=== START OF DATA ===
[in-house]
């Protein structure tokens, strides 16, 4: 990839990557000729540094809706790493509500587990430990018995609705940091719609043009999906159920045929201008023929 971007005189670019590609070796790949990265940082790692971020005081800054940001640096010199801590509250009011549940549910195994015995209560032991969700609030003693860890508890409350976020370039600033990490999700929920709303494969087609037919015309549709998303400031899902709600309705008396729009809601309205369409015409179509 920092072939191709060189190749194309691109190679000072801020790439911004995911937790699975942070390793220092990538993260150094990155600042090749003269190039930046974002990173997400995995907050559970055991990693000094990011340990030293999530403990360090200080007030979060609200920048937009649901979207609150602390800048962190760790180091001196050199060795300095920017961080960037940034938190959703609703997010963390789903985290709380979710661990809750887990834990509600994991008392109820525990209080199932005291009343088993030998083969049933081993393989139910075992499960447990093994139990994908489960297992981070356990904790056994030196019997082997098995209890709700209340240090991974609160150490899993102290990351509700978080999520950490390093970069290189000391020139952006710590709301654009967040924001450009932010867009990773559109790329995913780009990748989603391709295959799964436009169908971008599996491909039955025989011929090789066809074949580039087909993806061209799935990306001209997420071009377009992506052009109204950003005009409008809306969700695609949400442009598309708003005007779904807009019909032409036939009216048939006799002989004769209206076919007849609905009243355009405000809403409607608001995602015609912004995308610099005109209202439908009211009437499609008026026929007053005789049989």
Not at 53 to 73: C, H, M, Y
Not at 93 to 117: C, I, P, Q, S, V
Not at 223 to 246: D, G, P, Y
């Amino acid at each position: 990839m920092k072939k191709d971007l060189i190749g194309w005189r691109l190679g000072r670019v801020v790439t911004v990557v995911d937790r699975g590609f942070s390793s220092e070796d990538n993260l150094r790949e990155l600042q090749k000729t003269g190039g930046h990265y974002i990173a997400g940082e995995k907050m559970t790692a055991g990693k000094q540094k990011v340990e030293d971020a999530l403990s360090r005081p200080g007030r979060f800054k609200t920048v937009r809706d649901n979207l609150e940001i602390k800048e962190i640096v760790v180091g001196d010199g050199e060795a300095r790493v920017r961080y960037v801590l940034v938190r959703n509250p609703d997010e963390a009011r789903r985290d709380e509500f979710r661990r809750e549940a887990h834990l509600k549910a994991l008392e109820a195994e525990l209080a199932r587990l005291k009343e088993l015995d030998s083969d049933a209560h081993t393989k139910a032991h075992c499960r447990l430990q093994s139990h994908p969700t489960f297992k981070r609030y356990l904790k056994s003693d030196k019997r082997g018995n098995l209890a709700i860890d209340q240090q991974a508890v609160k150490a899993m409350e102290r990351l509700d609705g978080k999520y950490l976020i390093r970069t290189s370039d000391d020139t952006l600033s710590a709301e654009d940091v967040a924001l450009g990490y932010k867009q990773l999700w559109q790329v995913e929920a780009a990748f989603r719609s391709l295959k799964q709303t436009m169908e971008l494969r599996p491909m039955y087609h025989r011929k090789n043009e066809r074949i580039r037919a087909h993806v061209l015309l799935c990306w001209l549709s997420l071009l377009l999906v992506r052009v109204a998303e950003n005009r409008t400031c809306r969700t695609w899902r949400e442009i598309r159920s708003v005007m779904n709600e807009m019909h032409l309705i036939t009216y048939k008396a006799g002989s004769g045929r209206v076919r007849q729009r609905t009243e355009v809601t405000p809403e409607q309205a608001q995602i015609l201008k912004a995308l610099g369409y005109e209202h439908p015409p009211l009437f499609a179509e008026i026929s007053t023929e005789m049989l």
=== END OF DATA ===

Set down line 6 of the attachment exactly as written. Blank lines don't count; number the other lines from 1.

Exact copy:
């Amino acid at each position: 990839m920092k072939k191709d971007l060189i190749g194309w005189r691109l190679g000072r670019v801020v790439t911004v990557v995911d937790r699975g590609f942070s390793s220092e070796d990538n993260l150094r790949e990155l600042q090749k000729t003269g190039g930046h990265y974002i990173a997400g940082e995995k907050m559970t790692a055991g990693k000094q540094k990011v340990e030293d971020a999530l403990s360090r005081p200080g007030r979060f800054k609200t920048v937009r809706d649901n979207l609150e940001i602390k800048e962190i640096v760790v180091g001196d010199g050199e060795a300095r790493v920017r961080y960037v801590l940034v938190r959703n509250p609703d997010e963390a009011r789903r985290d709380e509500f979710r661990r809750e549940a887990h834990l509600k549910a994991l008392e109820a195994e525990l209080a199932r587990l005291k009343e088993l015995d030998s083969d049933a209560h081993t393989k139910a032991h075992c499960r447990l430990q093994s139990h994908p969700t489960f297992k981070r609030y356990l904790k056994s003693d030196k019997r082997g018995n098995l209890a709700i860890d209340q240090q991974a508890v609160k150490a899993m409350e102290r990351l509700d609705g978080k999520y950490l976020i390093r970069t290189s370039d000391d020139t952006l600033s710590a709301e654009d940091v967040a924001l450009g990490y932010k867009q990773l999700w559109q790329v995913e929920a780009a990748f989603r719609s391709l295959k799964q709303t436009m169908e971008l494969r599996p491909m039955y087609h025989r011929k090789n043009e066809r074949i580039r037919a087909h993806v061209l015309l799935c990306w001209l549709s997420l071009l377009l999906v992506r052009v109204a998303e950003n005009r409008t400031c809306r969700t695609w899902r949400e442009i598309r159920s708003v005007m779904n709600e807009m019909h032409l309705i036939t009216y048939k008396a006799g002989s004769g045929r209206v076919r007849q729009r609905t009243e355009v809601t405000p809403e409607q309205a608001q995602i015609l201008k912004a995308l610099g369409y005109e209202h439908p015409p009211l009437f499609a179509e008026i026929s007053t023929e005789m049989l």